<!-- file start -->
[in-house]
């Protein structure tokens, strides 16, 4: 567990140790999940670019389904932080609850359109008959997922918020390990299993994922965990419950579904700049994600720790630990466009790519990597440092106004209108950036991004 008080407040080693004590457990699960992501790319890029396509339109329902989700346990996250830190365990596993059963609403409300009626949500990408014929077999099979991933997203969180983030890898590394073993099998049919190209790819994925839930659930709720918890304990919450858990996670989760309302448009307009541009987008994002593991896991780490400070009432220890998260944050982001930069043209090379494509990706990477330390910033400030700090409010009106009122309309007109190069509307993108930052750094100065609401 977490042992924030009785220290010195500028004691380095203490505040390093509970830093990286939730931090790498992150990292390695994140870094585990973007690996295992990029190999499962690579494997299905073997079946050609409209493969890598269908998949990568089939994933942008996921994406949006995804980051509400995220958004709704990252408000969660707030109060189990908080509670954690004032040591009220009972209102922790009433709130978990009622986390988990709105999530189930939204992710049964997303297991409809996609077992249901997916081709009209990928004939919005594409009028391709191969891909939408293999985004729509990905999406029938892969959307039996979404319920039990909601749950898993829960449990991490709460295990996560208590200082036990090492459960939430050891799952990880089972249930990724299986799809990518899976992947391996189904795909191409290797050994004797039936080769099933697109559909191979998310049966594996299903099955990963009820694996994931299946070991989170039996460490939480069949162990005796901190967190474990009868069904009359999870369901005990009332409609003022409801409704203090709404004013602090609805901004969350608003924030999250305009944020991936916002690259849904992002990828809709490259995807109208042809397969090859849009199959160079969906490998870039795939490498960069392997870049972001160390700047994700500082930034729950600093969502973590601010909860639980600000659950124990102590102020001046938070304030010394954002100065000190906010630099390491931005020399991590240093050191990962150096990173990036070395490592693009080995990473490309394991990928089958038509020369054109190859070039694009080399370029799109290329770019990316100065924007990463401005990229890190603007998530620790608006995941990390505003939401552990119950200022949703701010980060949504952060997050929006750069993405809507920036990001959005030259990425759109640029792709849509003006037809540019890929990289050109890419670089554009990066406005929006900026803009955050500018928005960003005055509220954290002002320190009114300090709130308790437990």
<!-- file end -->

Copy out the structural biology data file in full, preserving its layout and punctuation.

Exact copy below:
[in-house]
């Protein structure tokens, strides 16, 4: 567990140790999940670019389904932080609850359109008959997922918020390990299993994922965990419950579904700049994600720790630990466009790519990597440092106004209108950036991004 008080407040080693004590457990699960992501790319890029396509339109329902989700346990996250830190365990596993059963609403409300009626949500990408014929077999099979991933997203969180983030890898590394073993099998049919190209790819994925839930659930709720918890304990919450858990996670989760309302448009307009541009987008994002593991896991780490400070009432220890998260944050982001930069043209090379494509990706990477330390910033400030700090409010009106009122309309007109190069509307993108930052750094100065609401 977490042992924030009785220290010195500028004691380095203490505040390093509970830093990286939730931090790498992150990292390695994140870094585990973007690996295992990029190999499962690579494997299905073997079946050609409209493969890598269908998949990568089939994933942008996921994406949006995804980051509400995220958004709704990252408000969660707030109060189990908080509670954690004032040591009220009972209102922790009433709130978990009622986390988990709105999530189930939204992710049964997303297991409809996609077992249901997916081709009209990928004939919005594409009028391709191969891909939408293999985004729509990905999406029938892969959307039996979404319920039990909601749950898993829960449990991490709460295990996560208590200082036990090492459960939430050891799952990880089972249930990724299986799809990518899976992947391996189904795909191409290797050994004797039936080769099933697109559909191979998310049966594996299903099955990963009820694996994931299946070991989170039996460490939480069949162990005796901190967190474990009868069904009359999870369901005990009332409609003022409801409704203090709404004013602090609805901004969350608003924030999250305009944020991936916002690259849904992002990828809709490259995807109208042809397969090859849009199959160079969906490998870039795939490498960069392997870049972001160390700047994700500082930034729950600093969502973590601010909860639980600000659950124990102590102020001046938070304030010394954002100065000190906010630099390491931005020399991590240093050191990962150096990173990036070395490592693009080995990473490309394991990928089958038509020369054109190859070039694009080399370029799109290329770019990316100065924007990463401005990229890190603007998530620790608006995941990390505003939401552990119950200022949703701010980060949504952060997050929006750069993405809507920036990001959005030259990425759109640029792709849509003006037809540019890929990289050109890419670089554009990066406005929006900026803009955050500018928005960003005055509220954290002002320190009114300090709130308790437990």